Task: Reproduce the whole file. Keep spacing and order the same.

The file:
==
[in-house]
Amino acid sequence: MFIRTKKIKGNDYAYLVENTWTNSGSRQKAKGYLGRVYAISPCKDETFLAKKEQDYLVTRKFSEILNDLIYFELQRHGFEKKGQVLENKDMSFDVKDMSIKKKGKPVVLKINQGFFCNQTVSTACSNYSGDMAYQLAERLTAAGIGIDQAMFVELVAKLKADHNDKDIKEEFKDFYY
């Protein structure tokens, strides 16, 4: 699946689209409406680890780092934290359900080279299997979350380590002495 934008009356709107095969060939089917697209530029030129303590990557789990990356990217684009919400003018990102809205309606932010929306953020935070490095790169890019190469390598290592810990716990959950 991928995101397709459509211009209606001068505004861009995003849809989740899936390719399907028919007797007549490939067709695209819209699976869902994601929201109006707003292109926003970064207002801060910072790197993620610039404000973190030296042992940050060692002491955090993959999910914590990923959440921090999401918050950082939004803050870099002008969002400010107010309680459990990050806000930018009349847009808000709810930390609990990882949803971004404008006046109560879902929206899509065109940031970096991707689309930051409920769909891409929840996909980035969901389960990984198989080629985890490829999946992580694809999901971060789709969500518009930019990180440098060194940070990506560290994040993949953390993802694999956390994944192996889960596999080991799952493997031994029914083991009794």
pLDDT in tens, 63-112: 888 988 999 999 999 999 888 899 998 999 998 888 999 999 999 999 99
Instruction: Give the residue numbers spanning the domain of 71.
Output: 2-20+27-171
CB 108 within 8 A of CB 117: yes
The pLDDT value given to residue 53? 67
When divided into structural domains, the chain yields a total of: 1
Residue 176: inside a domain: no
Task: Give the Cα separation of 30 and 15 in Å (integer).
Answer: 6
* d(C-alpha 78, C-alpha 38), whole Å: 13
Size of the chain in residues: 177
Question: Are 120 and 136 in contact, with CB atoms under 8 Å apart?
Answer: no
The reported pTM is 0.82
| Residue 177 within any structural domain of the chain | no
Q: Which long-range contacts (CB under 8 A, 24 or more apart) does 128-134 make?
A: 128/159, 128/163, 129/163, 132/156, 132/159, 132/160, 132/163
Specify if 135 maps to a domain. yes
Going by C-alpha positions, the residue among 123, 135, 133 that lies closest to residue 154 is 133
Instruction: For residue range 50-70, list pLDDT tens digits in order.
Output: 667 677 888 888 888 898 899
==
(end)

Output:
[in-house]
Amino acid sequence: MFIRTKKIKGNDYAYLVENTWTNSGSRQKAKGYLGRVYAISPCKDETFLAKKEQDYLVTRKFSEILNDLIYFELQRHGFEKKGQVLENKDMSFDVKDMSIKKKGKPVVLKINQGFFCNQTVSTACSNYSGDMAYQLAERLTAAGIGIDQAMFVELVAKLKADHNDKDIKEEFKDFYY
């Protein structure tokens, strides 16, 4: 699946689209409406680890780092934290359900080279299997979350380590002495 934008009356709107095969060939089917697209530029030129303590990557789990990356990217684009919400003018990102809205309606932010929306953020935070490095790169890019190469390598290592810990716990959950 991928995101397709459509211009209606001068505004861009995003849809989740899936390719399907028919007797007549490939067709695209819209699976869902994601929201109006707003292109926003970064207002801060910072790197993620610039404000973190030296042992940050060692002491955090993959999910914590990923959440921090999401918050950082939004803050870099002008969002400010107010309680459990990050806000930018009349847009808000709810930390609990990882949803971004404008006046109560879902929206899509065109940031970096991707689309930051409920769909891409929840996909980035969901389960990984198989080629985890490829999946992580694809999901971060789709969500518009930019990180440098060194940070990506560290994040993949953390993802694999956390994944192996889960596999080991799952493997031994029914083991009794």
pLDDT in tens, 63-112: 888 988 999 999 999 999 888 899 998 999 998 888 999 999 999 999 99
Instruction: Give the residue numbers spanning the domain of 71.
Output: 2-20+27-171
CB 108 within 8 A of CB 117: yes
The pLDDT value given to residue 53? 67
When divided into structural domains, the chain yields a total of: 1
Residue 176: inside a domain: no
Task: Give the Cα separation of 30 and 15 in Å (integer).
Answer: 6
* d(C-alpha 78, C-alpha 38), whole Å: 13
Size of the chain in residues: 177
Question: Are 120 and 136 in contact, with CB atoms under 8 Å apart?
Answer: no
The reported pTM is 0.82
| Residue 177 within any structural domain of the chain | no
Q: Which long-range contacts (CB under 8 A, 24 or more apart) does 128-134 make?
A: 128/159, 128/163, 129/163, 132/156, 132/159, 132/160, 132/163
Specify if 135 maps to a domain. yes
Going by C-alpha positions, the residue among 123, 135, 133 that lies closest to residue 154 is 133
Instruction: For residue range 50-70, list pLDDT tens digits in order.
Output: 667 677 888 888 888 898 899